Photo Credit: Library of Congress April 25, 1859 The first streetcars in Chicago made their debut. These horse-drawn vehicles began their service on a single rail track on State Street between Randolph and 12th Streets. Chicago’s inaugural streetcars – also known as horsecars – measured 12 feet (3.7 meters) in length and traveled three miles... Continue Reading →

April 24, 1834 The Long-Island Rail-Road (LIRR) Company was chartered by the New York State legislature. The genesis of that transportation enterprise can be traced to two years earlier when the Brooklyn & Jamaica (B&J) Rail Road was incorporated to build a 10-mile (16.1-kilometer)-long route from the East River in Brooklyn to the neighborhood of Jamaica. Civil... Continue Reading →

Photo Credit: Steve Morgan (licensed under Creative Commons) April 23, 1933 The first electric trolleybus system in Ohio began regular operations in Dayton. These trackless trolleybuses -- powered by overhead electric wires rather than gasoline – started their initial runs early that Sunday morning. The day’s edition of the Dayton Daily News outlined one of... Continue Reading →

April 22, 1904 The Visalia Electric Railroad (VERR) Company was incorporated under the laws of California to provide transit service within the central region of the Golden State.  Paul Shoup was president of the fledgling enterprise, while H.A. Culloden was named its secretary. A wholly owned subsidiary of the Southern Pacific Railroad, VERR was a... Continue Reading →

January 24, 1954 It was the end of an era in Cleveland when that city’s streetcars made their final runs. Approximately 10,000 people – some from as far away as Maryland – showed up to bid farewell to those streetcars and take advantage of the free rides being offered on that last day of operation. Those... Continue Reading →

January 11, 1913 In France, a transportation milestone in Paris took place when the last of the city’s horse-drawn omnibuses (horse-buses) made its final run. This means of transit first became a major part of daily life in France’s capital in 1828, when horse-buses began running on a regular basis between the right bank of... Continue Reading →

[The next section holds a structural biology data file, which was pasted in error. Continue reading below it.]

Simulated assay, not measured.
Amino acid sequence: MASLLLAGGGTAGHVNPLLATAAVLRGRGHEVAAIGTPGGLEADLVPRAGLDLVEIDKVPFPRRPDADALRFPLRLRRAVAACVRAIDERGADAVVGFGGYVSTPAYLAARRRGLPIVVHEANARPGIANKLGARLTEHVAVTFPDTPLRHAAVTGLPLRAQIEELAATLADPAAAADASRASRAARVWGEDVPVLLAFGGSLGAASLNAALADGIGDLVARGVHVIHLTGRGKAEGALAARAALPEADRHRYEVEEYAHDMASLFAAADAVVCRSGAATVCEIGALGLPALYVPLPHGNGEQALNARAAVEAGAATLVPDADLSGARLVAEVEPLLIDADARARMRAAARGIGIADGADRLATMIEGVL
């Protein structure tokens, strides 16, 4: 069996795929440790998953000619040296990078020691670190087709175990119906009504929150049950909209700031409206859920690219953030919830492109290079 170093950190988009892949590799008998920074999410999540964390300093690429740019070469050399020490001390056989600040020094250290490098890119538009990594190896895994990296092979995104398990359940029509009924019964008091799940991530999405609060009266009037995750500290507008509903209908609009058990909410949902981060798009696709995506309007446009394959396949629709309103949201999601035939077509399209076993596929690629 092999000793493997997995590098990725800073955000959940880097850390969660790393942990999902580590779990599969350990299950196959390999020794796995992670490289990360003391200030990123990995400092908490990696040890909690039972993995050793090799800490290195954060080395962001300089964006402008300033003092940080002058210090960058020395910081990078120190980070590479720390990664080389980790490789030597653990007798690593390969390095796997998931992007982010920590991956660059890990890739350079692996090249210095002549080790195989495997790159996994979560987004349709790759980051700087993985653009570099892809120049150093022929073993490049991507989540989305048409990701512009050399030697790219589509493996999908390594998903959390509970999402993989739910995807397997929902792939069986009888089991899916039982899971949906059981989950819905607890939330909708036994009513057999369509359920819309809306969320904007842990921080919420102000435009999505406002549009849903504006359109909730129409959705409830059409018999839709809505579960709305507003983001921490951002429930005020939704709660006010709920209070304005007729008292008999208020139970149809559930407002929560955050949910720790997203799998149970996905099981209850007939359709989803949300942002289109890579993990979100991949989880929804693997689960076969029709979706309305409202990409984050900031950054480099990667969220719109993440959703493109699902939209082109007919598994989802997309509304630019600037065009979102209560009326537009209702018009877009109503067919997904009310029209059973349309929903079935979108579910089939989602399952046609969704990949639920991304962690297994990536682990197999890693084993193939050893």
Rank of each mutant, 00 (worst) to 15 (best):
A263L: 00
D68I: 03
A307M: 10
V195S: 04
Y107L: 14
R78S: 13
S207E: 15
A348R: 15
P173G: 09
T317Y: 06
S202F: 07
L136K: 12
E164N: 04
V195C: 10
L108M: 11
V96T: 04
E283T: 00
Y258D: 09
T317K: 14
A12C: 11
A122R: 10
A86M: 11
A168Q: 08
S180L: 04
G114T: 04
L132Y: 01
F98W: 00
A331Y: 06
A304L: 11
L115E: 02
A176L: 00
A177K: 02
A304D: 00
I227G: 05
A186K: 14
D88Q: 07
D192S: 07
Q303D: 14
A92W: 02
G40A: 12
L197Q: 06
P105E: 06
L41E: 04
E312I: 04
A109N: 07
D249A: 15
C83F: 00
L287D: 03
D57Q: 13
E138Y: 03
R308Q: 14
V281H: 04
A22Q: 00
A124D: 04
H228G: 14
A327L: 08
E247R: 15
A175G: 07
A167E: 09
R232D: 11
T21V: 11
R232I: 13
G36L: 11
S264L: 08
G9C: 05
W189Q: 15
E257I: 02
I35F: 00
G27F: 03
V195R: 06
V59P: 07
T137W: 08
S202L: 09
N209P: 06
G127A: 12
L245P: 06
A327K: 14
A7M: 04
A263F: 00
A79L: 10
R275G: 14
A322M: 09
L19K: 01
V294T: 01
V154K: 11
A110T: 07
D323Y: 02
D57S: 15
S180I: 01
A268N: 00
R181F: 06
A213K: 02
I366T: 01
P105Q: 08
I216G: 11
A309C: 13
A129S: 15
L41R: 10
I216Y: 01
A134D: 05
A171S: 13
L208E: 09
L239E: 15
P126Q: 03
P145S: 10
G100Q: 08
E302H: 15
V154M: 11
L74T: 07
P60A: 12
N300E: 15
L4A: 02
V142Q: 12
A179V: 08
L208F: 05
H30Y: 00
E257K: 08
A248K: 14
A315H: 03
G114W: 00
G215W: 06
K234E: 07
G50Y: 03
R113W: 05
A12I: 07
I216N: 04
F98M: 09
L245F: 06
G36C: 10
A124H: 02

January 7, 1907 Three days after a streetcar franchise in Enid, Oklahoma, had been awarded to C.H. Bosler, the Enid City Railway Company was established to build and run that public transportation network. The Enid City Council awarded the franchise with conditions such as streetcar speed limits of 10 miles (16.1 kilometers) per hour in the... Continue Reading →

October 17, 1943 Chicago’s first rapid transit subway route began regular operations for passenger service just after midnight. This occurred the day after Mayor Edward J. Kelly of Chicago officially opened that new 4.9-mile (7.9-kilometer) subterranean transportation system in a ribbon-cutting ceremony beneath the intersection of State and Madison Streets, an above-ground location described by... Continue Reading →

October 1, 1979 Hong Kong’s Mass Transit Railway (MTR) made its debut with the opening of the first five miles (8.1 kilometers) of the Kwun Tong Line. “As champagne corks popped and a Chinese dragon danced for luck,” reported the Associated Press later that week, “Hong Kong christened its new subway system on Sunday and sent... Continue Reading →

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